You don’t have to think for more than a couple of seconds to see that this bizarre and rather arbitrary parameter short-circuits–indeed peremptorily forecloses—any effort at thoughtful consideration, reflection, and analysis of how to develop responsible gun law that affords people reasonable gun rights and protects Americans’ rights to life, liberty, and the pursuit of happiness, which one would think would include the right to live free from the fear of being subject to mass shootings while going about one’s daily life.
Similarly, Alito argues that the right of a woman to have an abortion is not rooted in “our nation’s history and tradition,” and he complains throughout his opinion that a woman’s right to an abortion did not exist in America until the latter part of the twentieth century.
First, we need to point out that these attitudes toward history and tradition are rather ahistorical. Anyone who understands history and traditions knows that history is about change and evolution and that traditions similarly evolve and change. Both Thomas and Alito beg the question of how long some phenomenon or way of thinking needs to have been part of our cultural traditions and history to be considered as such.
But more to the point is the way they strait-jacket thinking. We are not to think about current conditions or to re-think or re-assess the past. We are just, really, not supposed to engage in thinking or judgment—and neither are they are judges. This is anti-intellectualism at its most frightening.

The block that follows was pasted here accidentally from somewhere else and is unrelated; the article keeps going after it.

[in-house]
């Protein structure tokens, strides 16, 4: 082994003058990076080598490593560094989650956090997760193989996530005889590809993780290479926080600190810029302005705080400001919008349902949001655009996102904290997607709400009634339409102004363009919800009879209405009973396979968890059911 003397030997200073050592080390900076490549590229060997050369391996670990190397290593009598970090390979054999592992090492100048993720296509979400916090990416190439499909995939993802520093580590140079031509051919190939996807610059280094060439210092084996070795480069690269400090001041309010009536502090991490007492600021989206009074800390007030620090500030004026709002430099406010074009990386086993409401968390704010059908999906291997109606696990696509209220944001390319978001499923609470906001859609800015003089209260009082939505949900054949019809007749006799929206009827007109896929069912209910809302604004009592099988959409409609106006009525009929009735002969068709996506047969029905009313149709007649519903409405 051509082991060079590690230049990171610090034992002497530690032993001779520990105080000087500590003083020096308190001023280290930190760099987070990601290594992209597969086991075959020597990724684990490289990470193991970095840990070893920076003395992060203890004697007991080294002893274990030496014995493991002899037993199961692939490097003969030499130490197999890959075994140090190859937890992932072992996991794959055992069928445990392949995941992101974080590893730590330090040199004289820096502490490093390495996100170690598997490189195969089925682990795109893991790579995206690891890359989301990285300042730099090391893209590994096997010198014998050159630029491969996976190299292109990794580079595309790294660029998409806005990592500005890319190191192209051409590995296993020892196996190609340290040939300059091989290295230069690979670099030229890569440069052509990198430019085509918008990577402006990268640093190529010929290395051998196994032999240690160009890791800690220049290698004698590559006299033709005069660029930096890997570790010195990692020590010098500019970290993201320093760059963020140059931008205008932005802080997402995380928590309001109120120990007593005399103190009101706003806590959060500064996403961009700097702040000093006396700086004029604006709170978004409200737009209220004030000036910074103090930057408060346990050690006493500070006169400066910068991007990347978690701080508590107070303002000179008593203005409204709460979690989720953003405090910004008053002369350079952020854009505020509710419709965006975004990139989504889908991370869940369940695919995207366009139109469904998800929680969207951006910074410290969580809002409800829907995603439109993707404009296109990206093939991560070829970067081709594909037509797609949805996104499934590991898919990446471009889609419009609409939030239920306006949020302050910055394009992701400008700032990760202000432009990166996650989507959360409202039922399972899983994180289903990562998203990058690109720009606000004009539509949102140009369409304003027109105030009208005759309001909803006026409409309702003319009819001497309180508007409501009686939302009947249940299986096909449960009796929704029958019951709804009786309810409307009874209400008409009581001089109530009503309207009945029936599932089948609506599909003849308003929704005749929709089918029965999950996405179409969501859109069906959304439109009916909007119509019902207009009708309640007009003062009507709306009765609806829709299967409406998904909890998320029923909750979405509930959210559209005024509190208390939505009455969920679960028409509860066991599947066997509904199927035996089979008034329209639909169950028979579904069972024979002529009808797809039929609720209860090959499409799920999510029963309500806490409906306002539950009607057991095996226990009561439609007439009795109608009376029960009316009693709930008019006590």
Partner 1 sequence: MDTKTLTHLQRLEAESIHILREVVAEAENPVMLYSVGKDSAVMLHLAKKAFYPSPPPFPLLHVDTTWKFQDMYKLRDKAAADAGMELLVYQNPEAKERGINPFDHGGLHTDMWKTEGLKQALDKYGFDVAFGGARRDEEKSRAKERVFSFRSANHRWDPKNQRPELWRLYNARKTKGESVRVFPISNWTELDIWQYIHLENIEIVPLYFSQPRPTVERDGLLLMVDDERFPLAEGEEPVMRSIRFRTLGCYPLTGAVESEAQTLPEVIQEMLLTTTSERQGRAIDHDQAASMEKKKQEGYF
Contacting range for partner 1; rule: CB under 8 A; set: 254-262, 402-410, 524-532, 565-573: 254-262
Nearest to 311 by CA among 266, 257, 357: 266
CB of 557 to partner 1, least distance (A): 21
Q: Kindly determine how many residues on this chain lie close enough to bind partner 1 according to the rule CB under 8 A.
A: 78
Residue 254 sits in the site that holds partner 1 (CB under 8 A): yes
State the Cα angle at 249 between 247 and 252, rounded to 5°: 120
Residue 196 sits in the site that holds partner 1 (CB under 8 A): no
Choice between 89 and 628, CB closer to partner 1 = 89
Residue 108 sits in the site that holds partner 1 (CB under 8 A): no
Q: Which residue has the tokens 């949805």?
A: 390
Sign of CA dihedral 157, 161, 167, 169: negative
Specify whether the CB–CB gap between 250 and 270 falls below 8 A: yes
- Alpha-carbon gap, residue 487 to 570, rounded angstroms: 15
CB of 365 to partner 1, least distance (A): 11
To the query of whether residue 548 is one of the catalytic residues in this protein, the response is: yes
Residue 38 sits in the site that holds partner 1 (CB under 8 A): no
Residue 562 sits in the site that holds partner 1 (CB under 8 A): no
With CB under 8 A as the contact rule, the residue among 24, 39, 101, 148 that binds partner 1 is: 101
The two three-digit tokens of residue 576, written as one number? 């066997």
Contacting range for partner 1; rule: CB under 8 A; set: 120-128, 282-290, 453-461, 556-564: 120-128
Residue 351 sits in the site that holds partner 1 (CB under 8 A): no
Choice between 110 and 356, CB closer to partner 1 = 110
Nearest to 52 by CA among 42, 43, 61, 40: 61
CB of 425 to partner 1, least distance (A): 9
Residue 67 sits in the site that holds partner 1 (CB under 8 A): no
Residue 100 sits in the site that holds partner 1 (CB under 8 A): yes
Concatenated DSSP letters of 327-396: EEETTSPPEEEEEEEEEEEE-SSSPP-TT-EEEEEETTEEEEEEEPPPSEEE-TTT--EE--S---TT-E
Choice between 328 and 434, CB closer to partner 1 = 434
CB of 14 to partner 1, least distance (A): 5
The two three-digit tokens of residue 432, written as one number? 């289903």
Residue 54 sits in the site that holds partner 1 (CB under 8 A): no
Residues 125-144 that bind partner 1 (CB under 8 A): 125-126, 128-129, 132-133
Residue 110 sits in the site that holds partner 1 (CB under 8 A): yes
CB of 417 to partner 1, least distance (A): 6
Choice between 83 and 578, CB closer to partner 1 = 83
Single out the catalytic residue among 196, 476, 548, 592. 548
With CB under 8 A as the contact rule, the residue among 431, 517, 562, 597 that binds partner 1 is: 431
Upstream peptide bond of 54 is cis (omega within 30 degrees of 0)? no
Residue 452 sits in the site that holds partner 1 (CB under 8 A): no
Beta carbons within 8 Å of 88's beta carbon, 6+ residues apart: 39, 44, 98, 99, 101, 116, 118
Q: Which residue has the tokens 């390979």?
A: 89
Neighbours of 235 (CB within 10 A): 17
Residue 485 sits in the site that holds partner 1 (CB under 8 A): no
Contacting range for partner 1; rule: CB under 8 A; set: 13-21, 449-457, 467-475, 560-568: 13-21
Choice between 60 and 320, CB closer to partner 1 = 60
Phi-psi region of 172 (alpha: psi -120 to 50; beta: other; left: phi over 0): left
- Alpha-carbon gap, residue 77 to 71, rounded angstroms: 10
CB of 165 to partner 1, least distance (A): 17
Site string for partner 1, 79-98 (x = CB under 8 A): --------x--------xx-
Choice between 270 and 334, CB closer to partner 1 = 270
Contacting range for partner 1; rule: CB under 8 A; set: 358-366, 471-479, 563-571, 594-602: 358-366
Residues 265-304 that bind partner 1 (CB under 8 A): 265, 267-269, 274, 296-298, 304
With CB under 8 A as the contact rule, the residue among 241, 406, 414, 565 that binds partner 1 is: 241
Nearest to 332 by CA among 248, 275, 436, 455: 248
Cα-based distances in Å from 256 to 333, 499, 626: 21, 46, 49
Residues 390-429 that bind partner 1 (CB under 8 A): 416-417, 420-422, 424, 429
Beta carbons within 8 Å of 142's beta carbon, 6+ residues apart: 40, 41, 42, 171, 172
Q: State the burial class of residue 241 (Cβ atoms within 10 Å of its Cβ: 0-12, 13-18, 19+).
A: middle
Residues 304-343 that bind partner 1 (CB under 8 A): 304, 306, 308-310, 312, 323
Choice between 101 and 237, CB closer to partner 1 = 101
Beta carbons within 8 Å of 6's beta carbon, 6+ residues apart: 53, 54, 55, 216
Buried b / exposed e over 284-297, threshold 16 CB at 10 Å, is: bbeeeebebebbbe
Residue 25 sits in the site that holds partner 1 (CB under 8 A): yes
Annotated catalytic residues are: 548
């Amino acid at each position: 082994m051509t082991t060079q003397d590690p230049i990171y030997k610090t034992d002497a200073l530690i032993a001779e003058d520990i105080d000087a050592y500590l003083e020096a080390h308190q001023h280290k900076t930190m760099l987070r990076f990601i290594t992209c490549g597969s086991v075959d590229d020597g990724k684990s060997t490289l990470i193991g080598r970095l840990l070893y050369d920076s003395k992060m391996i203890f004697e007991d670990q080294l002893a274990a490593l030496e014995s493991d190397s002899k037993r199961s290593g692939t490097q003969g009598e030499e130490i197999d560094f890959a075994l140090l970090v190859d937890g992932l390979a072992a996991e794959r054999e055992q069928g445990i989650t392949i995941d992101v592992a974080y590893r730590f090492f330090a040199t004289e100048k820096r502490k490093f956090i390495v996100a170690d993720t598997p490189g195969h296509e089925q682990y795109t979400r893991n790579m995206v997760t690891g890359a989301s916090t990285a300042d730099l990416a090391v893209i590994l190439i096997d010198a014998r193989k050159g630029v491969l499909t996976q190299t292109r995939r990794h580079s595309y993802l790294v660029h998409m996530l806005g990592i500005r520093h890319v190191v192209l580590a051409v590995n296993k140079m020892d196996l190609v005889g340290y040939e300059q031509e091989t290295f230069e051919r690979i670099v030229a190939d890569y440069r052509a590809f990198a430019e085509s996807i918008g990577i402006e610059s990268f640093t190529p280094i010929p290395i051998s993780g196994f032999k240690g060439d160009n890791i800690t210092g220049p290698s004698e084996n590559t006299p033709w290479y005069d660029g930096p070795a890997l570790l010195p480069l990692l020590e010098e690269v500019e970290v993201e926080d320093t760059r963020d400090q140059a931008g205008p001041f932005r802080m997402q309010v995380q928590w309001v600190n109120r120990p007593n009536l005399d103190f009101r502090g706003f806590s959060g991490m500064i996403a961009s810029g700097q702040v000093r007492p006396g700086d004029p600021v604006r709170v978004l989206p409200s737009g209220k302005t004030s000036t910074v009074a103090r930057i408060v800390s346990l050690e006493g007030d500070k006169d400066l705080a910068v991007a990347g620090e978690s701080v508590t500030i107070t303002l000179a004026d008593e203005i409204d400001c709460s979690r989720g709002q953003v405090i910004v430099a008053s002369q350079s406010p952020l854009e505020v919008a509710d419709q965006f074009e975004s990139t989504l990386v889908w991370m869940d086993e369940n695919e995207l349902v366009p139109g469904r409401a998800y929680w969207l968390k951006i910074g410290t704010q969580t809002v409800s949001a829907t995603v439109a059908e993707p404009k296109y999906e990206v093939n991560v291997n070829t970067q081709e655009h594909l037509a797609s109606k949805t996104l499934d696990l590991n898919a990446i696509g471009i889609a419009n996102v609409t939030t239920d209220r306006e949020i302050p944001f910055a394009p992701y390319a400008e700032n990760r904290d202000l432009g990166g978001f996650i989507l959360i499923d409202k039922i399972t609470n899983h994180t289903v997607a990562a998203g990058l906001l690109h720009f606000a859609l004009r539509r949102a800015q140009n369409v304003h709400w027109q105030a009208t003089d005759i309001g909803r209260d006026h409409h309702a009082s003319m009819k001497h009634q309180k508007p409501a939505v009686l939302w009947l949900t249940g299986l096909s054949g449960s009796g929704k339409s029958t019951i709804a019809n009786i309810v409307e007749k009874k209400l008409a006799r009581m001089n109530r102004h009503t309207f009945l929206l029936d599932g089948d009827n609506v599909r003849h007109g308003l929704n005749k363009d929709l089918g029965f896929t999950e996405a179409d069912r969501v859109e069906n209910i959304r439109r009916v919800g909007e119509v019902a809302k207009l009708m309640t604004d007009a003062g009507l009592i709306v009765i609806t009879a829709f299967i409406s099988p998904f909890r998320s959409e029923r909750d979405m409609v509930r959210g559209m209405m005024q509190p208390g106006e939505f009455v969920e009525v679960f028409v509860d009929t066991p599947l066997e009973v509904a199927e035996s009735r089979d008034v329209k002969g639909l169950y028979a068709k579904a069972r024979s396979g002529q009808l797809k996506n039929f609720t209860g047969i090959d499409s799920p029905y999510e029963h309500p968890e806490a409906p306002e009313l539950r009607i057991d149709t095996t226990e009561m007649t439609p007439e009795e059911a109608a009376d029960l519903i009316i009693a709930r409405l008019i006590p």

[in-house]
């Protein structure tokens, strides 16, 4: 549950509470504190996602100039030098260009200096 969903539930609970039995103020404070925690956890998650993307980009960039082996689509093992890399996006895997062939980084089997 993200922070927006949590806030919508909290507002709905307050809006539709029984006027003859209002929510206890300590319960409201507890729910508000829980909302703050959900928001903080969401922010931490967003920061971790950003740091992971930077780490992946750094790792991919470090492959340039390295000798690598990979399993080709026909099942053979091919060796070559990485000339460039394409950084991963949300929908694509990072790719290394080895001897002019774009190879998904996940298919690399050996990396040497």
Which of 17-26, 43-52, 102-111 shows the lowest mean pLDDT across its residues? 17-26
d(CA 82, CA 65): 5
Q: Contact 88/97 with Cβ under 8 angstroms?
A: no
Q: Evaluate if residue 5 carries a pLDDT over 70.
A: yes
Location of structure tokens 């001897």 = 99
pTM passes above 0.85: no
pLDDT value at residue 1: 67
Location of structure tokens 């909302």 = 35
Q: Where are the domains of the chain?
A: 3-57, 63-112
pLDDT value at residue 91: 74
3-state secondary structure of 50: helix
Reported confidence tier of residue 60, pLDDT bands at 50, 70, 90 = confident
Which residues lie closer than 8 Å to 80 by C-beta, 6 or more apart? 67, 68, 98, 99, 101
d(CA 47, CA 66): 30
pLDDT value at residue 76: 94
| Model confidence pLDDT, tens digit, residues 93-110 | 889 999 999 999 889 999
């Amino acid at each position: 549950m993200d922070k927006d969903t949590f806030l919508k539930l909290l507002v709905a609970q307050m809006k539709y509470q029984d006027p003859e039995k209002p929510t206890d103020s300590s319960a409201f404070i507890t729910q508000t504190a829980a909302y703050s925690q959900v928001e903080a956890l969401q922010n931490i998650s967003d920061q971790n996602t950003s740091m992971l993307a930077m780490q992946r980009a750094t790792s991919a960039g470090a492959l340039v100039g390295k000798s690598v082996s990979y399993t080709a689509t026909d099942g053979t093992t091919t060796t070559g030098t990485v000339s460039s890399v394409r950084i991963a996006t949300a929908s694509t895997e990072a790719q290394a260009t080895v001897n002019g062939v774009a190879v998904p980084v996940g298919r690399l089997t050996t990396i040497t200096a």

But the terror unleashed is even worse. Alito’s abortion ruling subjects women’s bodies to state control and threatens healthcare practitioners who seek to provide reproductive health care or counseling to women and families. Women and their healthcare providers can be imprisoned if they obtain or provide an abortion.
And Thomas’ opinion concurring with Alito’s in overturning Roe v. Wade calls for cases to be re-considered that he believes erroneously gave people the right to not have private sex acts policed or prohibited, to buy contraceptives, or get married if you’re gay.
His opinion invites more cases to come before the Supreme Court to criminalize sex and love, control our reproductive decisions, and basically outlaw people for being who they are without harming others.
They are instituting a social world that is increasingly hostile, threatening, and repressive to Americans.
When it comes to Thomas’ ruling on firearm regulations, try to imagine a world in which most places you go in your daily you see people carrying firearms. Does that make you feel more secure? It might make the person with the gun feel more powerful and safer, but imagine the rest of us. A world with guns constantly present is a security-state that keeps us constantly insecure, which is a state of terror, not a state of freedom from fear.
But this is where the Supreme Court is bringing us—to a national life of less safety, more fear and insecurity, less rights, and more state repression.
The right-wing ideologues have convinced Americans, in Orwellian fashion, that repression and violence constitute freedom, and the Supreme Court is not taking the lead in proliferating repression and terrorizing Americans.
Tim Libretti is a professor of U.S. literature and culture at a state university in Chicago. A long-time progressive voice, he has published many academic and journalistic articles on culture, class, race, gender, and politics, for which he has received awards from the Working Class Studies Association, the International Labor Communications Association, the National Federation of Press Women, and the Illinois Woman’s Press Association.